" Ghana has an annual infrastructure deficit of $1.2 billion. We are talking about major deficits in transportation, health care, education. Look at the school feeding program, our public school systems, the children suffering.
Parliament and Civil Society have been keen on the allocation, expenditure and accounting of monies accruing from Ghana's petroleum reserves.
For proper policing of these funds, parliament enacted the Petroleum Management Act 2011, which clearly spells out how the monies should be used. Since 2011, the petroleum revenues have been allocated to the Annual Budget Funding Support, the Ghana National Petroleum Corporation, the Stabilisation Fund, and the Heritage Fund.
The chart above shows that since 2011, about 243 million dollars have been allocated to the heritage fund, which is essentially, sitting in an account for the next generation.
Economist at the Department of Economics of the University of Ghana, Dr. Adu Sakordie does not see the sense in that. According to him, it is nonsense to have money sitting down for the next generation, when we have serious infrastructural deficits.
Speaking on Radio Univers' Business Trendz, Dr. Sakodie argued that " Ghana has an annual infrastructure deficit of $1.2 billion. We are talking about major deficits in transportation, health care, education. Look at the school feeding program, our public school systems, the children suffering. Why keep so much money outside the shores of the country in a certain heritage fund, when people are suffering", he asked.
The economist urged government to use the money for economically viable infrastructure development that will transcend all generations. He was reacting to the Bank of Ghana's Mid-annual report on petroleum revenues for 2015.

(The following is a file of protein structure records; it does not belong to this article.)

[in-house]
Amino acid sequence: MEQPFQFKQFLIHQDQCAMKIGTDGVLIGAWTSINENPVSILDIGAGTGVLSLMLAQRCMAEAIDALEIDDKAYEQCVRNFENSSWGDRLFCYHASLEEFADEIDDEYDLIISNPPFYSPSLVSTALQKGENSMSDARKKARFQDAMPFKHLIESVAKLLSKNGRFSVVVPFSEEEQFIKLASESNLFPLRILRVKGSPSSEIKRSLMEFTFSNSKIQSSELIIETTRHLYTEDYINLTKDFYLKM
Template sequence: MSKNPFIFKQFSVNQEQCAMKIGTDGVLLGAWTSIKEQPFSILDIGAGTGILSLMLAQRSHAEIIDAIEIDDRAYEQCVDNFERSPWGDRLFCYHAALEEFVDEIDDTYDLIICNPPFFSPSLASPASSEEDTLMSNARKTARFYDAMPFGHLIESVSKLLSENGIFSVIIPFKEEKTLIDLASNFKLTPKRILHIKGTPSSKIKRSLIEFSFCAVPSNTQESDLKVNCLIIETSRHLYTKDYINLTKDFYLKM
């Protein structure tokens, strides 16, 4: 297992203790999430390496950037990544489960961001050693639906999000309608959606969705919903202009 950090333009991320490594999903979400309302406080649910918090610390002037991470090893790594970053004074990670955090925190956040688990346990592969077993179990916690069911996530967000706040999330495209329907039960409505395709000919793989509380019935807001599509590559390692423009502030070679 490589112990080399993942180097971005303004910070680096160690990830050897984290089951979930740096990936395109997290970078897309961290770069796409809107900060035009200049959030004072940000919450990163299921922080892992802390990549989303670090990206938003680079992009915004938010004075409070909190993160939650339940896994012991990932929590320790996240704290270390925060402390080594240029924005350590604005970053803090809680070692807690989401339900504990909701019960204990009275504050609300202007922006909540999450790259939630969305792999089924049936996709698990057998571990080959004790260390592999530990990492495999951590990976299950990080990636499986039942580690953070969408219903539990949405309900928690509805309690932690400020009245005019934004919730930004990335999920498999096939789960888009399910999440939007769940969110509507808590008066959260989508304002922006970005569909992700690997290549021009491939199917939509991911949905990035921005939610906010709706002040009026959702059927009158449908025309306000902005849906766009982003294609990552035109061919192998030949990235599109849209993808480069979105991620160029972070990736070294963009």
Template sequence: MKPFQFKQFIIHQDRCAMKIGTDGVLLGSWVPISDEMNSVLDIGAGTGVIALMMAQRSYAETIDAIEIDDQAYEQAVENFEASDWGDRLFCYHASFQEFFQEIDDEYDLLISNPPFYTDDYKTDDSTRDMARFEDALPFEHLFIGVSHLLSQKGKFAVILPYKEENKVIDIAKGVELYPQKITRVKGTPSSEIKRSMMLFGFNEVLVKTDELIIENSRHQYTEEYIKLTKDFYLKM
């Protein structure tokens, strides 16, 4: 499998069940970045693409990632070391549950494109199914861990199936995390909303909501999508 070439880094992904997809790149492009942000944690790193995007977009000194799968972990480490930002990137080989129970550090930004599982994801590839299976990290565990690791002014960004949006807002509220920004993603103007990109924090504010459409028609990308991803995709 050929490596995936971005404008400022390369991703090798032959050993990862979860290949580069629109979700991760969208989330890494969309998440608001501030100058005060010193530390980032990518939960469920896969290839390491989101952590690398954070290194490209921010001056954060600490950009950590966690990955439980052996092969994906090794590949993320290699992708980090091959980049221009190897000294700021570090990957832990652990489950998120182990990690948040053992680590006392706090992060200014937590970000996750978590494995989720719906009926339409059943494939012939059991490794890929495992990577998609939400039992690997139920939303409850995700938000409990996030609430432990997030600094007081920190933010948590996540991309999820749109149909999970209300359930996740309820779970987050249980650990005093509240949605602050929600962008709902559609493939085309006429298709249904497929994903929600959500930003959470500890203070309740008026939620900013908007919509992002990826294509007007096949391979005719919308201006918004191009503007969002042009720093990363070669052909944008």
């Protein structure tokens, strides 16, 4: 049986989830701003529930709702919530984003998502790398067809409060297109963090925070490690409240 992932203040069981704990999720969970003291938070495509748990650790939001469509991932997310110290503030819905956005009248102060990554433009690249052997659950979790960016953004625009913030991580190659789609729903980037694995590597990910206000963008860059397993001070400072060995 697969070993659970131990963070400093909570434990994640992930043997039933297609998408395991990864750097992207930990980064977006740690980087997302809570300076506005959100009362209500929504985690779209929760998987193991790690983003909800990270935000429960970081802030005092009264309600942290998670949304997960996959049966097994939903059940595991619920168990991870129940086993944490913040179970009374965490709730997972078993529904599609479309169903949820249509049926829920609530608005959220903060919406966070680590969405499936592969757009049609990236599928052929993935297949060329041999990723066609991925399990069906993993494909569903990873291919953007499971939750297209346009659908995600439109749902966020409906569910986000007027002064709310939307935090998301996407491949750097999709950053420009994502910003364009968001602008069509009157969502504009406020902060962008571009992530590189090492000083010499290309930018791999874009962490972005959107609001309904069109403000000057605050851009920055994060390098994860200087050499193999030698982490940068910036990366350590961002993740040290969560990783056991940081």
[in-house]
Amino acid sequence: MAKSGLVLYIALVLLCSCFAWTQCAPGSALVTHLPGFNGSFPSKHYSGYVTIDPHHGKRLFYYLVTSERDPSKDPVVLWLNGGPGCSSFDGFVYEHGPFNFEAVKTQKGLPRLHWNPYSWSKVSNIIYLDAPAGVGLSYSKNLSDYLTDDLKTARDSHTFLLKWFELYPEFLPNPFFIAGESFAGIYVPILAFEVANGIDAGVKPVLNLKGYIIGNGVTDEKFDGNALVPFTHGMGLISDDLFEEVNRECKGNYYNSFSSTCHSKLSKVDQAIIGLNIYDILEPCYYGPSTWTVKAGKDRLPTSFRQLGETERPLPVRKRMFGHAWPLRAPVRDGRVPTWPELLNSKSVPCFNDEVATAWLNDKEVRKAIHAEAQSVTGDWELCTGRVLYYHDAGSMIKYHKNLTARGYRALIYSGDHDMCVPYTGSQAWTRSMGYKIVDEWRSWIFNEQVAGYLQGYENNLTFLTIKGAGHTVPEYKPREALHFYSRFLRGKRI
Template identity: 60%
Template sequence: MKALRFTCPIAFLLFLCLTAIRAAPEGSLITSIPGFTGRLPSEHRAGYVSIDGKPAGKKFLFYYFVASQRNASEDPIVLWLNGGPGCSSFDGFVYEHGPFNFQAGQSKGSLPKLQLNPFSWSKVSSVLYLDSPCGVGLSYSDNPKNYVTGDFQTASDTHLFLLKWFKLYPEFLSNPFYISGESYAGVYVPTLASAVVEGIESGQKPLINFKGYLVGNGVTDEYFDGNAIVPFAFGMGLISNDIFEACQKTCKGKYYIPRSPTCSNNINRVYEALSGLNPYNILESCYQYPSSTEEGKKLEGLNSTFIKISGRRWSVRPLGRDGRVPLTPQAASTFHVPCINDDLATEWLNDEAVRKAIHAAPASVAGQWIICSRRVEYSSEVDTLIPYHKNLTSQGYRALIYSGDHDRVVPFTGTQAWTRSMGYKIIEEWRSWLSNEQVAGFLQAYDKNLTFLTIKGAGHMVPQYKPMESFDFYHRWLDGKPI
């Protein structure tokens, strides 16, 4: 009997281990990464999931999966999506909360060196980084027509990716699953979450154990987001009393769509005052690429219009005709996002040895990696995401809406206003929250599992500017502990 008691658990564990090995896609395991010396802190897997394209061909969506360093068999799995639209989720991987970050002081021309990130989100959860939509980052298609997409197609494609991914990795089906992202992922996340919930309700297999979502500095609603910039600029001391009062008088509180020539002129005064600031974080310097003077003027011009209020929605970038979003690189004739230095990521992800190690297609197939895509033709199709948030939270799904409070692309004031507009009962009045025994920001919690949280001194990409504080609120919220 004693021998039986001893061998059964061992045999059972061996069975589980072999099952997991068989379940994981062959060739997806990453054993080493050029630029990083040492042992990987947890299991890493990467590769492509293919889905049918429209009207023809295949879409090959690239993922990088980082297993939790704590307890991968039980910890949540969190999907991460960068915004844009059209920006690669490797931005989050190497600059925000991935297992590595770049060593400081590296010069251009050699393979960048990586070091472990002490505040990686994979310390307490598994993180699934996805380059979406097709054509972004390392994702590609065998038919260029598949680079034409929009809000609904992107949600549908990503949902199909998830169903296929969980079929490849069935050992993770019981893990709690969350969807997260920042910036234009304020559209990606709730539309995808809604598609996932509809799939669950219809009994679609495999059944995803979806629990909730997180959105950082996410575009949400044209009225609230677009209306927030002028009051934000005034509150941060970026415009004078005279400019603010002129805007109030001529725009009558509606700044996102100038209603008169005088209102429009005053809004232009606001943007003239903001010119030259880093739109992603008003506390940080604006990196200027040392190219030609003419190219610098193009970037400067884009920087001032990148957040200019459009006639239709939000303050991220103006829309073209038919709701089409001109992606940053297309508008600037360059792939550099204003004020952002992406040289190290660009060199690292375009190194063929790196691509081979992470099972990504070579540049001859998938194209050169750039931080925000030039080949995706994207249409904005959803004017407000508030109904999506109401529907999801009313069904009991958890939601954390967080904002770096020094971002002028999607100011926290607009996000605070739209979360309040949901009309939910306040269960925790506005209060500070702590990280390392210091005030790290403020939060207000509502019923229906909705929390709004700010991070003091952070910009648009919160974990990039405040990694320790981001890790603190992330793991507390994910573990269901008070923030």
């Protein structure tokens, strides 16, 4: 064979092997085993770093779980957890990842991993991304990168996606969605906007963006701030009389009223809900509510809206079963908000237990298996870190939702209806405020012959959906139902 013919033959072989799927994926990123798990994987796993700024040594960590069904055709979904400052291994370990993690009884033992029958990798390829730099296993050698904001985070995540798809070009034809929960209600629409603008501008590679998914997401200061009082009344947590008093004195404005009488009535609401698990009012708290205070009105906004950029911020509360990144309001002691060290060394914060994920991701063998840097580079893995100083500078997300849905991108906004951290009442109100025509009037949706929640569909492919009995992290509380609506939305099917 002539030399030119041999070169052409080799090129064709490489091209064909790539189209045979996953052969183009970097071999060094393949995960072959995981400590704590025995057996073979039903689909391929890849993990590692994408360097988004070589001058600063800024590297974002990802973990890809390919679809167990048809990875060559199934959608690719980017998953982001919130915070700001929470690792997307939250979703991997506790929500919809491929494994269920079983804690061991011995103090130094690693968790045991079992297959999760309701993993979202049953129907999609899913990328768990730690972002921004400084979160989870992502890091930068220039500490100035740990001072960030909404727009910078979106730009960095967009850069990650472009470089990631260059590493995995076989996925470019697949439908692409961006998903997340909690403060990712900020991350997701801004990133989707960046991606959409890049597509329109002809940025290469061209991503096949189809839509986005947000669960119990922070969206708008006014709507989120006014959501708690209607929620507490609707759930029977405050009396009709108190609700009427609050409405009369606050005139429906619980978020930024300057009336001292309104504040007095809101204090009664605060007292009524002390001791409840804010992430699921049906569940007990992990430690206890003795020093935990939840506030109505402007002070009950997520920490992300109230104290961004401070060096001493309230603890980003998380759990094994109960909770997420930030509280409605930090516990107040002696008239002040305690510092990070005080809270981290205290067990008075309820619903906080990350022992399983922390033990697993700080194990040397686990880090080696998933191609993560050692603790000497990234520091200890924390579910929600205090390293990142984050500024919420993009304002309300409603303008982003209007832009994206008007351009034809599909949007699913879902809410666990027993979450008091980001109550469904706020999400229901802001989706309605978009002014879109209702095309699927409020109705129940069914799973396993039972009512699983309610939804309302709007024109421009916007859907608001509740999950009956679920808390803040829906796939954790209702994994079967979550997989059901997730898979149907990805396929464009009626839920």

" I will advocate that the resources should be used for two or three specific infrastructure projects. You don't literally have to set money aside for the next generation, that is nonsense. You can allocate the money to the construction of roads for example, that will serve the needs of this generation and the next. Do you know when the High Street and other key streets in the capital were constructed? Are they not serving our purposes today?
When asked whether the monies do not risk being mismanaged by government if it should be made available to them, the economist said " Who will you trust then? The current generation, or the next one. They are all the same. Don't we have SRC executives embezzling funds? Its the same with all the generations, so that's not the point."
The Bank of Ghana;s mid-annual report for 2015 revealed investment returns many have described as an satisfactory, on the stabilisation and heritage funds. The heritage fund actually made a loss of -0.54 per cent for the first half of the year 2015.